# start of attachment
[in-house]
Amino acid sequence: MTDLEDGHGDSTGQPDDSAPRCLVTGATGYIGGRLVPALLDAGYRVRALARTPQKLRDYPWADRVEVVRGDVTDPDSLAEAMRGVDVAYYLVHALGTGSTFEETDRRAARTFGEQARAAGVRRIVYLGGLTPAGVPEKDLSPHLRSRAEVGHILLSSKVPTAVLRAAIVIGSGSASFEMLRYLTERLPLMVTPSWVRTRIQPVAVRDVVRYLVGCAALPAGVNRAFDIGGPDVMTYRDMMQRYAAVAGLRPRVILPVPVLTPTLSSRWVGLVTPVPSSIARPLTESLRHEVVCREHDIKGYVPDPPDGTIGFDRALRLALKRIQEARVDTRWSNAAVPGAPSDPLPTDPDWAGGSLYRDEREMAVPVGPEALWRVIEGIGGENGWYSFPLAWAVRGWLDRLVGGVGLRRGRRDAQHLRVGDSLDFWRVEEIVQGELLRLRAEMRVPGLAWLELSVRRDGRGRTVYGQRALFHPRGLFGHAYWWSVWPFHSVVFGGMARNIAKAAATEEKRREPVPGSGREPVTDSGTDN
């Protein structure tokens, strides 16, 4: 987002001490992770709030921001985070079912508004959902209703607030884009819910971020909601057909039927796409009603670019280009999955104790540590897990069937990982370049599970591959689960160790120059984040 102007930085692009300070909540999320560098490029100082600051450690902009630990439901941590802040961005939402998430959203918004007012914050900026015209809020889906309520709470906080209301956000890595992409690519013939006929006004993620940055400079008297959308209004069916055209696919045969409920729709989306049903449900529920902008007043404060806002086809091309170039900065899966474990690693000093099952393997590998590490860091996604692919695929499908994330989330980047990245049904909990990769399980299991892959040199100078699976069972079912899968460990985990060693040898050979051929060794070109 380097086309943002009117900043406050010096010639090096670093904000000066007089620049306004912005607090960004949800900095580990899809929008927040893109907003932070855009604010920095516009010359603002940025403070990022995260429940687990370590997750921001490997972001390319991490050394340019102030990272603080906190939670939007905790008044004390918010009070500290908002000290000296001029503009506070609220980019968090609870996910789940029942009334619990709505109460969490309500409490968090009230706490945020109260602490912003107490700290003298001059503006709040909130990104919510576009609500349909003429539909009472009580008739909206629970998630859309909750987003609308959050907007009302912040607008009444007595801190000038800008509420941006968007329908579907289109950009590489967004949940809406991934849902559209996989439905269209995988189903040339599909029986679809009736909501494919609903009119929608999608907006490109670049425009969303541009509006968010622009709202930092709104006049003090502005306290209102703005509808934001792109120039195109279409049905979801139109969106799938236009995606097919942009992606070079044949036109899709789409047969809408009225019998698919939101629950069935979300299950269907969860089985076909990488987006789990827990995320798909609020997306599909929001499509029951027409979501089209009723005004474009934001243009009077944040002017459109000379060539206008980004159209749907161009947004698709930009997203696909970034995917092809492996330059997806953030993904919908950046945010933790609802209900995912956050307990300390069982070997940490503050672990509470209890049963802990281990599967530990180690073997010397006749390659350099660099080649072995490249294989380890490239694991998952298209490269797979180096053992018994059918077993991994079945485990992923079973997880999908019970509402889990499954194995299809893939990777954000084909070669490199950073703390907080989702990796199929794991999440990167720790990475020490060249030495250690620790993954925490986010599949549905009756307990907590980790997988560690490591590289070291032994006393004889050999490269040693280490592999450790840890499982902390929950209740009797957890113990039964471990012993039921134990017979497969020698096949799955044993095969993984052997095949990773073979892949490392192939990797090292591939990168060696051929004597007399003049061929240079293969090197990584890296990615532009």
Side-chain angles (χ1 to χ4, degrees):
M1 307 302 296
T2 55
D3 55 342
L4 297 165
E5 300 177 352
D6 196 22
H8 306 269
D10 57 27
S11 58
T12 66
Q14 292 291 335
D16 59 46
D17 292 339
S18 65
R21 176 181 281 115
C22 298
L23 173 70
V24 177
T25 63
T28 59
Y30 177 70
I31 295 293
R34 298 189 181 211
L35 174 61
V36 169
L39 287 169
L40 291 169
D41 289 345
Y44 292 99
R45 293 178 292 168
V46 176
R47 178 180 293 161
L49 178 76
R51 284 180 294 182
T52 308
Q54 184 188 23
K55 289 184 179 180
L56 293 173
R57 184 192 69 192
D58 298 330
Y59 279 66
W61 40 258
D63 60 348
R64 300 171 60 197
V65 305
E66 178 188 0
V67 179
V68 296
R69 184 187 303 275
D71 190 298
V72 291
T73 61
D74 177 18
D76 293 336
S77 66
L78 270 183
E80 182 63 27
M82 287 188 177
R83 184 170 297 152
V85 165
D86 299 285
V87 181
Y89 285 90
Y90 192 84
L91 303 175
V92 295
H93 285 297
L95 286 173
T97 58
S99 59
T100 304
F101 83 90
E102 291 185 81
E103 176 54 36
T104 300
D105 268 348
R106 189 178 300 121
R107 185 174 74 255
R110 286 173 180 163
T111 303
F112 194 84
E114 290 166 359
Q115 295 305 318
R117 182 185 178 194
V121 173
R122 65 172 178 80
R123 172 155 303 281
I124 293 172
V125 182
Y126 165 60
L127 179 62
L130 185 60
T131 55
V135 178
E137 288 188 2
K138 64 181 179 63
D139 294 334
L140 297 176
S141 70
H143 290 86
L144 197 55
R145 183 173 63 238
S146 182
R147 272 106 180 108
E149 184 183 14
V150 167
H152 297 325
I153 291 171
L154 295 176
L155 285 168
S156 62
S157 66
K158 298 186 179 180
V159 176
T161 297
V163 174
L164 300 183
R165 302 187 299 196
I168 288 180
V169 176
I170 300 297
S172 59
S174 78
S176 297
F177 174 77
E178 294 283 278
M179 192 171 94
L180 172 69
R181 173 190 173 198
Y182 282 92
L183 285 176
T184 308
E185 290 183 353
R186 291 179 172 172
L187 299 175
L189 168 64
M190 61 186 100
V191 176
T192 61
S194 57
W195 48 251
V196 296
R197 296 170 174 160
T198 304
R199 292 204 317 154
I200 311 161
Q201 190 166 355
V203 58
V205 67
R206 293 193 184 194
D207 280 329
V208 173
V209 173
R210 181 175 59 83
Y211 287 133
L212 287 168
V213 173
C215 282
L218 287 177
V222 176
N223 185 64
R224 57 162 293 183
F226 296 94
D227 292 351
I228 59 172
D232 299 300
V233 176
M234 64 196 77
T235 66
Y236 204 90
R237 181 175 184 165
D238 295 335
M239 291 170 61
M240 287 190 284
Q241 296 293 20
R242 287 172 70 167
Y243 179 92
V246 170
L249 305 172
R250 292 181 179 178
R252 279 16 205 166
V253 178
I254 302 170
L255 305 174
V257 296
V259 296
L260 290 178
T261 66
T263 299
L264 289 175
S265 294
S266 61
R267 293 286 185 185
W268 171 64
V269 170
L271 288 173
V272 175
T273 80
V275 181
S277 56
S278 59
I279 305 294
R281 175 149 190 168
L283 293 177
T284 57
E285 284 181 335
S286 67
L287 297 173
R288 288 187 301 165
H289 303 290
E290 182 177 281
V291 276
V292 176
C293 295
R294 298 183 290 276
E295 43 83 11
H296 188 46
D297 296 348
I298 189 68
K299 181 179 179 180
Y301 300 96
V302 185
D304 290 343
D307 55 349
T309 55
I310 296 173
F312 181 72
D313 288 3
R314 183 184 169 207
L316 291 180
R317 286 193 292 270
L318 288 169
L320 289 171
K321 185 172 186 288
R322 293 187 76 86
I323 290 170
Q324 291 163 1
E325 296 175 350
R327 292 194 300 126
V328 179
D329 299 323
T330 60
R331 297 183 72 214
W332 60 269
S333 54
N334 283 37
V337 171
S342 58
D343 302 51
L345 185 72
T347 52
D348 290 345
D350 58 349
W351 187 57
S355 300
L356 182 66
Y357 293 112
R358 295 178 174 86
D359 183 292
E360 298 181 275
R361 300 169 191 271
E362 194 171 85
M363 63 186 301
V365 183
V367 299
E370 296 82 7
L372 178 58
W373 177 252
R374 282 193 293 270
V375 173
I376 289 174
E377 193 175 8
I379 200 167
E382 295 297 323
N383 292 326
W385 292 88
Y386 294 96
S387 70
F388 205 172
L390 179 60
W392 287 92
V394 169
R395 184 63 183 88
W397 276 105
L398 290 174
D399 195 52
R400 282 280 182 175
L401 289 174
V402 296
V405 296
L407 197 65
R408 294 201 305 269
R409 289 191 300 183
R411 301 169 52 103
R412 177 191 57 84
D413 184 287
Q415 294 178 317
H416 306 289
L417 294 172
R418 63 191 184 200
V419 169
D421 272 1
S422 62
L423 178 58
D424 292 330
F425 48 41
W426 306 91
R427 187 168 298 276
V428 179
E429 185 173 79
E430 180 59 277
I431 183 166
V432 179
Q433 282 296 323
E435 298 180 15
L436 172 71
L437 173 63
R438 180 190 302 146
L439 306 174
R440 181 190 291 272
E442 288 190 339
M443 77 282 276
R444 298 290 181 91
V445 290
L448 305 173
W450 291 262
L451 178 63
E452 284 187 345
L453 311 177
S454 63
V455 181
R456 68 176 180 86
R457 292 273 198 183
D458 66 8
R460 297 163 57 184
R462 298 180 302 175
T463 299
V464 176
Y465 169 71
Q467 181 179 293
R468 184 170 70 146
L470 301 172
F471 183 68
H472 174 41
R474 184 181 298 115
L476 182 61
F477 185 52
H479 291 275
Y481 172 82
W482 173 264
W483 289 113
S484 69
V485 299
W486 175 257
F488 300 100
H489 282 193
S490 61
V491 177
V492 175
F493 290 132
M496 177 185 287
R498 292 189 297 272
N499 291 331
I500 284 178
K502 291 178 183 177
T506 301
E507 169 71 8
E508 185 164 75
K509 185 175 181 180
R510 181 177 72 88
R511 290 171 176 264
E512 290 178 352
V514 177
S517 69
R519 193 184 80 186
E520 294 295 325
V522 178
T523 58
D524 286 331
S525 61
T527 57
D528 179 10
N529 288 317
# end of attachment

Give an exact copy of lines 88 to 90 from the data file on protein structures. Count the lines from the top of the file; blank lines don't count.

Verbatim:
R117 182 185 178 194
V121 173
R122 65 172 178 80